The Silent Majority needs to find its voice

Author: Brian T. Hickey
Issue: 24 – April 2008

The Silent Majority needs to find its voice
Michael McGrade, writing in a recent edition of Christian Order, touches on a theme familiar to traditional Catholics: the mainstream print and broadcast media�s strong left-liberal bias and hostility to traditional values.

The author quotes an impressive set of statistics, such as the fact that 74% of BBC staff who declared their political allegiance on the website Facebook described themselves as liberal, or that the media constantly downplay the numbers of homosexual men infected with AIDS, to avoid stigmatising the �gay community�.

The article is well-written and informative. Reading it, however, I could not help finding it rather depressing. Its tone is all doom and gloom. The author piles on example after example of left-wing propagandising in the BBC (or �British Bias Corporation�) and the American news networks, and concludes with the dreary recommendation that the best thing conservative Catholics can do is throw out their televisions. In essence, he seems to be saying �See how anti-Christian out culture is. Isn�t it awful!� He does not suggest that Catholics should push their cause forward more, perhaps by getting involved in the media themselves.

And this is one of the great weaknesses of conservatives today; a natural timidity, a fear of pushing our own case too much. Left-liberals, by contrast, have no such qualms. They are extremely aggressive with their opinions, likes and dislikes and do not hesitate to air them, even if it means harassing other people. I remember when the right-wing Austrian politician Joerg Haider came to speak to the Trinity College Philosophical Society in 2003. A rabble of socialists and Communists protested outside throughout the entire debate, screaming, chanting, blowing whistles and getting on the nerves of everyone present. There had been no such protests from conservatives earlier that year when a member of the Communist Party of Ireland addressed the same society. Nor should there have been – that kind of protest is really counter-productive. But the point is that if the leftists were not utterly sure of being listened to and heeded, they would not be able to disrupt public life with such impunity. (Certainly they do not have to fear a bad press; the day after the debacle, an Irish Times headline announced �Haider Heckled by Students at Trinity�, thus giving the impression that most of the students who came to the debate were hostile, even though far more came to hear Haider than to protest against him.)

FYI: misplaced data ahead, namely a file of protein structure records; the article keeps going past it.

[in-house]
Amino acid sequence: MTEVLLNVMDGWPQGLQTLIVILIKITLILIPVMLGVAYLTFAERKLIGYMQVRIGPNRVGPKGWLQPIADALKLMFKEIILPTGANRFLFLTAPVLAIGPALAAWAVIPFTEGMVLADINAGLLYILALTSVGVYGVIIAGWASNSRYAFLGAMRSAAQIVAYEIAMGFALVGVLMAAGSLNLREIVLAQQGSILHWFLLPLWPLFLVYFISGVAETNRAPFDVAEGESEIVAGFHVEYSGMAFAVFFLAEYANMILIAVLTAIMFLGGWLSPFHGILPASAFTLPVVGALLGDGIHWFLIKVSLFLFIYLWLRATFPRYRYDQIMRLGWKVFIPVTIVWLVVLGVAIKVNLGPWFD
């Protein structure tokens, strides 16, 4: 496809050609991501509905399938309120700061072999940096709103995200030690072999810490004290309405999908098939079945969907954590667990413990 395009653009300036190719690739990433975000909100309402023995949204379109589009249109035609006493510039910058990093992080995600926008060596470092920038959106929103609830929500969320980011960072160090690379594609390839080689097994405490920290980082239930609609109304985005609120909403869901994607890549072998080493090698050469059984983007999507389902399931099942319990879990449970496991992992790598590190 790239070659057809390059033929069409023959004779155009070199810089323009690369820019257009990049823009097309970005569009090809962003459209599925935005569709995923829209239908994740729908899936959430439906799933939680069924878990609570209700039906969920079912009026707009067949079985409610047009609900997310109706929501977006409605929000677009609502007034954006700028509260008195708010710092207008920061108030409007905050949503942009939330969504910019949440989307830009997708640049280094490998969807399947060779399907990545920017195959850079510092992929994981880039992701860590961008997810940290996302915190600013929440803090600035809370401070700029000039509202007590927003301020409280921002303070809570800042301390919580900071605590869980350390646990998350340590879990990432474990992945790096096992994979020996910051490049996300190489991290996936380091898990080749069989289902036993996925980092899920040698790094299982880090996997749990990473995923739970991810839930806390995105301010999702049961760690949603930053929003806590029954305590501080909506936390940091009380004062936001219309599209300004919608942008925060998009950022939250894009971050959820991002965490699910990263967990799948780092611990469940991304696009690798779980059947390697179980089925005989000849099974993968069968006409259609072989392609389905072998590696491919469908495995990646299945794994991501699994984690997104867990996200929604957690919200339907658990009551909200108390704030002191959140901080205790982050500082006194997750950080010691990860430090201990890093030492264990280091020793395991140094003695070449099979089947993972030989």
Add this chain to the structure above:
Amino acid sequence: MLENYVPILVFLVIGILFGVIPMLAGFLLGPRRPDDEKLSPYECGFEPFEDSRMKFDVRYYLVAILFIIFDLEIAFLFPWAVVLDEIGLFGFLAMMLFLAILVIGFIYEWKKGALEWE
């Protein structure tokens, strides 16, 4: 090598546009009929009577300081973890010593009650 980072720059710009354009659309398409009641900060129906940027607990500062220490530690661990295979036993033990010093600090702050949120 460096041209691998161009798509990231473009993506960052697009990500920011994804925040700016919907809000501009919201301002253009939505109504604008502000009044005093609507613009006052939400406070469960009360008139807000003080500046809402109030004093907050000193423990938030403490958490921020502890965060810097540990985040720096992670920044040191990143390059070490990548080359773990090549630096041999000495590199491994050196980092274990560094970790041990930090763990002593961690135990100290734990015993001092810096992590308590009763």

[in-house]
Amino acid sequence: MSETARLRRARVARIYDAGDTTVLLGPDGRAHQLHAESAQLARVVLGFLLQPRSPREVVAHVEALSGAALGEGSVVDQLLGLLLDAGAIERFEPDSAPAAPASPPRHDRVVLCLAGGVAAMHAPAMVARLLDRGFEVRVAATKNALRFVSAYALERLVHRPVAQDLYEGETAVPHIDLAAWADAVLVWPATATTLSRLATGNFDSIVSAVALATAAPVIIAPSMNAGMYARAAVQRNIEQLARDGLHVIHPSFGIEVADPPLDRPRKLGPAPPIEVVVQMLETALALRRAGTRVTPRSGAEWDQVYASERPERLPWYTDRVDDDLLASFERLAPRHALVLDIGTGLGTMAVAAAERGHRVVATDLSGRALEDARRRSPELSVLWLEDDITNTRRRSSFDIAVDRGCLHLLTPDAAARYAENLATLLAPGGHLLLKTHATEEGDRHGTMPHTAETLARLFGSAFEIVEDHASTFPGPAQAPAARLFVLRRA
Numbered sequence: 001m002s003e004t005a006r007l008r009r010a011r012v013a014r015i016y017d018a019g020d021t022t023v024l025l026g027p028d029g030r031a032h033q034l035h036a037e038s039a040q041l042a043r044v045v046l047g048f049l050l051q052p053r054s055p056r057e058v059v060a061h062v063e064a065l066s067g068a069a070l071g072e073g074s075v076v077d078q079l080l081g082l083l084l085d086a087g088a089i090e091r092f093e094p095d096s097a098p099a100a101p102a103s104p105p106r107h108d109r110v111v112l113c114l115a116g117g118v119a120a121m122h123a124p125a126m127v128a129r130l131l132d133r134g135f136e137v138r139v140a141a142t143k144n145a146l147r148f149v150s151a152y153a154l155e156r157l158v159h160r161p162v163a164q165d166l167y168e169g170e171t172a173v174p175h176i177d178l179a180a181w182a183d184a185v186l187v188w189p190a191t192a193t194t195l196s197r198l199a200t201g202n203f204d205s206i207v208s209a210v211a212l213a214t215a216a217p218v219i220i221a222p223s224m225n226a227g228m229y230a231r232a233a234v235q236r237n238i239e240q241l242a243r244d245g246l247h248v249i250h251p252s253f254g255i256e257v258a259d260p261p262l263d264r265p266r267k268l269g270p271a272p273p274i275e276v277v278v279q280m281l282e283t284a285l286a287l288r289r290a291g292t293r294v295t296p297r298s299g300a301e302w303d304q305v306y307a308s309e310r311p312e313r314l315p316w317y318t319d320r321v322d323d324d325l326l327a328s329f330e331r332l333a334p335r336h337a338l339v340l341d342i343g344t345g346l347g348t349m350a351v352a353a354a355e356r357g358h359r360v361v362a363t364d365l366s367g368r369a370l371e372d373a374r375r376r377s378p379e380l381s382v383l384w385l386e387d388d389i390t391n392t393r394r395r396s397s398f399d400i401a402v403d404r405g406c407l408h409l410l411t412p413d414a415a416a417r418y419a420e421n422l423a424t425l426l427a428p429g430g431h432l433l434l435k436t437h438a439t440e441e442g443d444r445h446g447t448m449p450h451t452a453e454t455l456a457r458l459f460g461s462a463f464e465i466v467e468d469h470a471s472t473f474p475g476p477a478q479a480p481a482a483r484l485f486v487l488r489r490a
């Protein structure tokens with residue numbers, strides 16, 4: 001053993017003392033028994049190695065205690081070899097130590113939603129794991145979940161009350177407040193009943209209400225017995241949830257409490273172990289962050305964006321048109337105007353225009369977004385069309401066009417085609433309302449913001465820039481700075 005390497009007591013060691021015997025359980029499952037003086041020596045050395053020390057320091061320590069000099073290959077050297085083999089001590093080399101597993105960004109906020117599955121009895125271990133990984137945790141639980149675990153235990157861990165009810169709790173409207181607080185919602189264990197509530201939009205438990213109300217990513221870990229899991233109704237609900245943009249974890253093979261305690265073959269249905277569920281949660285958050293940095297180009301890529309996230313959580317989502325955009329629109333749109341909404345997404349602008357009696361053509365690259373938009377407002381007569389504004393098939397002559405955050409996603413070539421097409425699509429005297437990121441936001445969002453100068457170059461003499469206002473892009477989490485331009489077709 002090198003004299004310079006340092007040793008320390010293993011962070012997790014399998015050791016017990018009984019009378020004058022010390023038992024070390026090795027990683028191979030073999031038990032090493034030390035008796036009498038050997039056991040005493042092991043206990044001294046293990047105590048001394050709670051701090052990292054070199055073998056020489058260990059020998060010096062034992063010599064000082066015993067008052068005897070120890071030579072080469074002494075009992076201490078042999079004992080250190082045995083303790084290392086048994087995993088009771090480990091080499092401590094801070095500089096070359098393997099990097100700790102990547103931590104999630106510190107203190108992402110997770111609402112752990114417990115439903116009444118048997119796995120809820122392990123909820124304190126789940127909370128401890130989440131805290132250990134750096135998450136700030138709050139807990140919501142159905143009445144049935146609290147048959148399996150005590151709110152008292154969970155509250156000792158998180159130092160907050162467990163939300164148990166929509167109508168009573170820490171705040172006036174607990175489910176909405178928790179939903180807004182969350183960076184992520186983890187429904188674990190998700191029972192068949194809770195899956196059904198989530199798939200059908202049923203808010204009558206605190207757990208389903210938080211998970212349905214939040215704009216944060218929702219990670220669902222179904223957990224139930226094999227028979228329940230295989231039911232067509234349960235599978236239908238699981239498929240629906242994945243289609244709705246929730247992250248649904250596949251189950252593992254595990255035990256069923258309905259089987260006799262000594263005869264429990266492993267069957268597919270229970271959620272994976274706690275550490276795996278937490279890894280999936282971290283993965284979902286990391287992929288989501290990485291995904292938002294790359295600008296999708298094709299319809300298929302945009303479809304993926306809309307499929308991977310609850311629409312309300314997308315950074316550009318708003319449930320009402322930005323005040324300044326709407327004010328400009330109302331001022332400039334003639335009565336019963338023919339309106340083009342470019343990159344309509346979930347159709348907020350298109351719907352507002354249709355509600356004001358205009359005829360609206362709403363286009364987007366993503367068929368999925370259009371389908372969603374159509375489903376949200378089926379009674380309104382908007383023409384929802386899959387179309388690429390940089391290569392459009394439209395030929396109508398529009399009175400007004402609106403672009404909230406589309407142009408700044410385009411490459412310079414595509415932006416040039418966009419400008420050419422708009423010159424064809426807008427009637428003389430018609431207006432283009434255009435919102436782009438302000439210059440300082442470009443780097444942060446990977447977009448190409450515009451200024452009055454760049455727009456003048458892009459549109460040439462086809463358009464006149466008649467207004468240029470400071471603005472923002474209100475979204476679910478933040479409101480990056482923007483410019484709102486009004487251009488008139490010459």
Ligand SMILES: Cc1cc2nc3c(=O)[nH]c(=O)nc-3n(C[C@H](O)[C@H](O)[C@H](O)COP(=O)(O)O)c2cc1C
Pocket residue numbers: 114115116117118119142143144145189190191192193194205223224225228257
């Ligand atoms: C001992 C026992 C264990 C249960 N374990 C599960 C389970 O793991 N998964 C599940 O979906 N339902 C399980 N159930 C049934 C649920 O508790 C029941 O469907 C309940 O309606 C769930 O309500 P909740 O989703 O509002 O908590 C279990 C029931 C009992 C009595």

Dr Karlheinz Weissmann, one of the leading intellectuals on the German right, divides conservative into two categories which he calls �Helmsmen� and �Passengers�. Helmsmen are the activists, action-men who canvass and campaign and get things done. But most conservatives are not of that type. Rather, they are �passengers�. They prefer traditional ways of doing things, value politeness, culture, and the family, believe in honesty and hard work, go to church. But they are not assertive about these values. They do not write letters to newspapers or go on demonstrations. If they vote at all, it is for phoney �conservative� parties like Fianna Fail or its European Christian Democrat counterparts. They do not seek to bring others round to the conservative cause because in their heart of hearts they think the conservative cause is doomed. Like those fatalistic Catholics who think the church should be ever more conformed to the secular world because �that�s the way society�s going�, these conservatives see their position as a personal decision, but one that is irrelevant to the great mass of men and not one which they should try to impose. I even know some conservatives who take a perverse pleasure in the fact that their way of life is so out of sync with society in general; it makes them feel part of a special elite.